This has been bothering me as it completely disregards everything we do here.  Down syndrome is a visual disability;  the extra chromosome changes specific features which are visible.  People with DS are discriminated against because of the way they look.  Mr. Brady's joke is one more (albeit a big one) in a sea of prejudice that reinforces a stereotype.  Sort of like this joke from the same roast:

Jeff, you look like something a mongoloid kid put together at Build-A-Bear.” -Anthony Jeselnik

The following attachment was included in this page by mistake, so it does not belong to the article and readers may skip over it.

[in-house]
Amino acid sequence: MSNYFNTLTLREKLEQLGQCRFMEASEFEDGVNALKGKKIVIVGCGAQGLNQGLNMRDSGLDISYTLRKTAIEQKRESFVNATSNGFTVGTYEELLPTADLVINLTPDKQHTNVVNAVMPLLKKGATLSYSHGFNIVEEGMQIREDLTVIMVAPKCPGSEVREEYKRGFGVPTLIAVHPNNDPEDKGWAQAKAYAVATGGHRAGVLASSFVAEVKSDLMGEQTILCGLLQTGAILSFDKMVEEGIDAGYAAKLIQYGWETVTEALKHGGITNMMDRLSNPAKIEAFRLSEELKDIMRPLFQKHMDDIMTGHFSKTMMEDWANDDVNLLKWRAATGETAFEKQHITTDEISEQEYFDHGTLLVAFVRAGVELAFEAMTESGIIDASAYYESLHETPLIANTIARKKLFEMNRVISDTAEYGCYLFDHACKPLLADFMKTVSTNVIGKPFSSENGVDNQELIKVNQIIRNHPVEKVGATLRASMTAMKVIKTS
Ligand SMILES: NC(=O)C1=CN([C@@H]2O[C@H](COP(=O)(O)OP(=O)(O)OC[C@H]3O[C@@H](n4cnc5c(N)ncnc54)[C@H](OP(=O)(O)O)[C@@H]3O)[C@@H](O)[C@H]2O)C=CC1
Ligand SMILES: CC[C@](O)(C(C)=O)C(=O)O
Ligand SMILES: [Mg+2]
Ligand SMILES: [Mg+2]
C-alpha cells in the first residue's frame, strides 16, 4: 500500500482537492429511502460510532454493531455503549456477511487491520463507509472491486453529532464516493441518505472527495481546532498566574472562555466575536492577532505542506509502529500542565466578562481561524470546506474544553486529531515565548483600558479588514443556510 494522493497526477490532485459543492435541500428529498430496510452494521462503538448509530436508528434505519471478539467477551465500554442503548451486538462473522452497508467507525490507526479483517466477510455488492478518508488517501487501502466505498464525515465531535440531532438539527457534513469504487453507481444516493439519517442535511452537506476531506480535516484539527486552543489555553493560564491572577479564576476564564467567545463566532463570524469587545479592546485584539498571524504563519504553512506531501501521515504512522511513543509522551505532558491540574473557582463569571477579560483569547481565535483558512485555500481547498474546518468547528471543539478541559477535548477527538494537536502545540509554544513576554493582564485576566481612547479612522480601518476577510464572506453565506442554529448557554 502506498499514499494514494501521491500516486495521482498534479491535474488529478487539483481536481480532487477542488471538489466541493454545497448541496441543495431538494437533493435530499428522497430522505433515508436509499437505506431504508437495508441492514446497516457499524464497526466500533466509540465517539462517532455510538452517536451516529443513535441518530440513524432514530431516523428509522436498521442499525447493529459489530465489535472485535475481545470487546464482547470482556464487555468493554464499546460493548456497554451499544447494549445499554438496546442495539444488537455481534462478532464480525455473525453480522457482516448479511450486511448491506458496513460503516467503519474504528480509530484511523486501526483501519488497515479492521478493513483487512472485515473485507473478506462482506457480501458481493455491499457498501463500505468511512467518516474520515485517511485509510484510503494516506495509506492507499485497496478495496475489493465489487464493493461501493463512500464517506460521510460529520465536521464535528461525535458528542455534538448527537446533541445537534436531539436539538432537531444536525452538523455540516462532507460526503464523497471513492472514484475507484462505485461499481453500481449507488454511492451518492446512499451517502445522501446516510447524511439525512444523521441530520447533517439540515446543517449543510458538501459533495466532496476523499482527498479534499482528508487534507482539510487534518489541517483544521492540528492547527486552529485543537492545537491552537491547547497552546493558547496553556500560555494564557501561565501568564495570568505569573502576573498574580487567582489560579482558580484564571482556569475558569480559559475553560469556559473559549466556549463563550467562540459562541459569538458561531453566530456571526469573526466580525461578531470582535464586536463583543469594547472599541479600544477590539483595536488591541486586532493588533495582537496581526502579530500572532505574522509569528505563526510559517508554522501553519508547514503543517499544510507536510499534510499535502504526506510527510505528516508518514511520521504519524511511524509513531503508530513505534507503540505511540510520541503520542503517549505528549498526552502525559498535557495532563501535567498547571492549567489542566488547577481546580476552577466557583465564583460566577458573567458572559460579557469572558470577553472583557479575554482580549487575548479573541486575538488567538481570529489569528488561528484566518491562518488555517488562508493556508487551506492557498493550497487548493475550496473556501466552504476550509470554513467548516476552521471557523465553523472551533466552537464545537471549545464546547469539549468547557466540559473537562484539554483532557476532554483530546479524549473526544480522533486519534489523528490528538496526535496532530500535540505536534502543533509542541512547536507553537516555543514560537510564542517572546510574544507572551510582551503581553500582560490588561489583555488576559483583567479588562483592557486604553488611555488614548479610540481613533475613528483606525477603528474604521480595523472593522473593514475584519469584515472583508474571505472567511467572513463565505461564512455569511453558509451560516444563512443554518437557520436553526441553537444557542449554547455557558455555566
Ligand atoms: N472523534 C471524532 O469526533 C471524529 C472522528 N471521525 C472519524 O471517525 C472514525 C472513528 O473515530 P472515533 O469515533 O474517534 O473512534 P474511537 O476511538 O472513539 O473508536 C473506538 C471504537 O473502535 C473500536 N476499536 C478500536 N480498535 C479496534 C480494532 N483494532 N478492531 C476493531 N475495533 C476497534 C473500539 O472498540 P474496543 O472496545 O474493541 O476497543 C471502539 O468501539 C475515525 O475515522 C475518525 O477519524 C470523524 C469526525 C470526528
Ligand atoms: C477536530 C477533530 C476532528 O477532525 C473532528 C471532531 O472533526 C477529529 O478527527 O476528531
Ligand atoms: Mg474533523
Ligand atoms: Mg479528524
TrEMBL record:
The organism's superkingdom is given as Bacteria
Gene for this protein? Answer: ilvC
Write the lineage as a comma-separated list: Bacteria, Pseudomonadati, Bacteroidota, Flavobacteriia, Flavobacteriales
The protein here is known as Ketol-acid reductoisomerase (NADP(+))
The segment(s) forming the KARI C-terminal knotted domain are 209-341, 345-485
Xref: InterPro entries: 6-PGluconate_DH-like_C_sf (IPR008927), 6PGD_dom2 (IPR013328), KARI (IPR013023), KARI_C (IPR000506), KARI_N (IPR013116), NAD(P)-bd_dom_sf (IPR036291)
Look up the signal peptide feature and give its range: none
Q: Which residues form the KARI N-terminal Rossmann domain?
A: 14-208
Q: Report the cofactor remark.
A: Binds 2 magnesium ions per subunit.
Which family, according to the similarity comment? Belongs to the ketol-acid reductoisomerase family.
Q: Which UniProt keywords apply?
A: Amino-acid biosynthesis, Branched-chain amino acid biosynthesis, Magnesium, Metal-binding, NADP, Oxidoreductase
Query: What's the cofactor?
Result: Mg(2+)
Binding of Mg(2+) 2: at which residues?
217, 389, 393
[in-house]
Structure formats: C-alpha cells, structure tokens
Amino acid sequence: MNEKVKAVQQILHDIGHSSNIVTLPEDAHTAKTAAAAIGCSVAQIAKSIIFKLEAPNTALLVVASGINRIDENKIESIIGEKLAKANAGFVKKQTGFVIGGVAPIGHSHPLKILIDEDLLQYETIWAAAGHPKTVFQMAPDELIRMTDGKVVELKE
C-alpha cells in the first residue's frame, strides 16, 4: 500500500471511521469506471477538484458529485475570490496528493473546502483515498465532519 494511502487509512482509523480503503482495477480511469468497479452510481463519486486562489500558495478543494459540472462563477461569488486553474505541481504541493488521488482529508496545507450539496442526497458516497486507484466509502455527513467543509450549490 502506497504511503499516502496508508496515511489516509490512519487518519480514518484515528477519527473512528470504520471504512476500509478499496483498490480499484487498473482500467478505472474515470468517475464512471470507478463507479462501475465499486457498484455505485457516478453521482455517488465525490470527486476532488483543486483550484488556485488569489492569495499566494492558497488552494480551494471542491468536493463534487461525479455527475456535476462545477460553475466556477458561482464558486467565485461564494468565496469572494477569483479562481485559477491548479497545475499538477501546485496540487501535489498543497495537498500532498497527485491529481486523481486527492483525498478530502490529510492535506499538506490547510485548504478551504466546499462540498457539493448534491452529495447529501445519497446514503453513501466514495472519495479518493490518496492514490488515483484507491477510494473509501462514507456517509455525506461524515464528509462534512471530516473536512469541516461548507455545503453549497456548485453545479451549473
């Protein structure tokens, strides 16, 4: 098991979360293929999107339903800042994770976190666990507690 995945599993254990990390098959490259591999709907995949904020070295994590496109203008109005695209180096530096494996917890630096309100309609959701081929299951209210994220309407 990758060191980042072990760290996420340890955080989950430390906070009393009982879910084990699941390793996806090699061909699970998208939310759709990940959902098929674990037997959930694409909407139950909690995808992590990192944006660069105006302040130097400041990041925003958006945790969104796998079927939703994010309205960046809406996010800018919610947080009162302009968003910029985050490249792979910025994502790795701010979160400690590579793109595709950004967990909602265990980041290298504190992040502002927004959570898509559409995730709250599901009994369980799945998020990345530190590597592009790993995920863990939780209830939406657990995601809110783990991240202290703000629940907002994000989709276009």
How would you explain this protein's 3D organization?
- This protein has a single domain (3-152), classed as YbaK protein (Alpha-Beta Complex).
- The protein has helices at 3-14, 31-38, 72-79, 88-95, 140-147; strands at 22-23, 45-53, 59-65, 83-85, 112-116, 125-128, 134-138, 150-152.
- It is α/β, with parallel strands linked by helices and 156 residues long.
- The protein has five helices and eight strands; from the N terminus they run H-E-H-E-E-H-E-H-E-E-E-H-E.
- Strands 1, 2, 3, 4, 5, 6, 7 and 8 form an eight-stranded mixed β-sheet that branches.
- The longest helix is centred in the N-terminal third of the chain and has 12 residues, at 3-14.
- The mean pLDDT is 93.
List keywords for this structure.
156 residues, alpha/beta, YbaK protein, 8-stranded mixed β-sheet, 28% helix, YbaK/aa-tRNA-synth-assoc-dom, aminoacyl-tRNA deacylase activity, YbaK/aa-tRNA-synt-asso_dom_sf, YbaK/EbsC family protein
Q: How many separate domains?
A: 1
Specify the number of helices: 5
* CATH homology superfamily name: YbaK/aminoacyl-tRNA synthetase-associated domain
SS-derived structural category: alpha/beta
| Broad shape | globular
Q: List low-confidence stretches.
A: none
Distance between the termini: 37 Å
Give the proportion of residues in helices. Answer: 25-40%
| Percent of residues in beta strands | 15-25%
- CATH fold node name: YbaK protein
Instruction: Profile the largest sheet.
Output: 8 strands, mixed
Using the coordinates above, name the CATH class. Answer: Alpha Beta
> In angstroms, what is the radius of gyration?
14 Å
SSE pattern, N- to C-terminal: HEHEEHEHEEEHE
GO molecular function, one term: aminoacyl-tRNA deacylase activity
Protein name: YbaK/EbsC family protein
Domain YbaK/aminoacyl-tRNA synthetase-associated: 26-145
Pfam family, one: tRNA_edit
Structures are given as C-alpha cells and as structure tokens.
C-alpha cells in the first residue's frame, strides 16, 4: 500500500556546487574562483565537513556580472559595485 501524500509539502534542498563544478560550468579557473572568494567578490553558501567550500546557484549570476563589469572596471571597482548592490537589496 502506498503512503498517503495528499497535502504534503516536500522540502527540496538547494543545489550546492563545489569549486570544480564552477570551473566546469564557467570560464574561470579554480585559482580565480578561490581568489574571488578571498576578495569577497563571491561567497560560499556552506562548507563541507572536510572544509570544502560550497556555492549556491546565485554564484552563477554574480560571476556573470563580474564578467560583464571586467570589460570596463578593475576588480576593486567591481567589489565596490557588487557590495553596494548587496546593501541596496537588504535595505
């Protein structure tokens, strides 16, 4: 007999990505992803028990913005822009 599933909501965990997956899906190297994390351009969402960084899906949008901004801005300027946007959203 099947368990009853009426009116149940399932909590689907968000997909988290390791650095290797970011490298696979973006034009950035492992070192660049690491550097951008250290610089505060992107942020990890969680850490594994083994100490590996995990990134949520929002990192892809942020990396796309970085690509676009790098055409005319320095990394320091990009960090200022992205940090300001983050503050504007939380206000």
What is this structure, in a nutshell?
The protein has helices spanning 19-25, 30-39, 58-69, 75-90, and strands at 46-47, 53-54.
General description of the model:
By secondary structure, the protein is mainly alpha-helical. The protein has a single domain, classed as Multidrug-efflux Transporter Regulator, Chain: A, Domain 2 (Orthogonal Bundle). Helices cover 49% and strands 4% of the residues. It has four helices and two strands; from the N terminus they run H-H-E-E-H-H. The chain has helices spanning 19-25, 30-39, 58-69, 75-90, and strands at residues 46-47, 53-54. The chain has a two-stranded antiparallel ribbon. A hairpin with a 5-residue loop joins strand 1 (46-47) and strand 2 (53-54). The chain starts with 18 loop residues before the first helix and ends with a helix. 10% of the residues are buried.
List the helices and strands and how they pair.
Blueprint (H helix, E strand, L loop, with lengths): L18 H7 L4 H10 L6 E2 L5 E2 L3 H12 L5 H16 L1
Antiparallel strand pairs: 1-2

I posted a pic to my personal FB wall last week that stated "Denying equal rights to another group of human beings based on your religious beliefs is still called bigotry". It got liked and shared a few times and made the rounds.  I posted another one, with Henry Rollins that included "You always know the mark of a coward.  A coward hides behind freedom.  A brave person stands in front of freedom and defends it for others."  I like that one too.  I mention both of these because I often run into situations where I find myself calling another on their insensitivity or prejudice and the response usually contains one or all of the following:  "free speech", "you're too sensitive", "...wasn't directed at",  "political correctness" and general misguided righteous indignation. It never ceases to amaze me, the amount of teeth gnashing and haranguing that occurs when I point out to someone that they are being mean to a great group of people and the response is "you are taking away my freedom!"  Also sad is what occurs when I post quotes or inspirational messages like those in regards to gay marriage, racial equality or religious tolerance, I get lots of support and even a "hell yeah!" here and there.  Post it about Down syndrome and the only people that care are members and friends of the Down syndrome community.  For some reason, those with learning disabilities are fair game. They are still 'safe' to make fun of.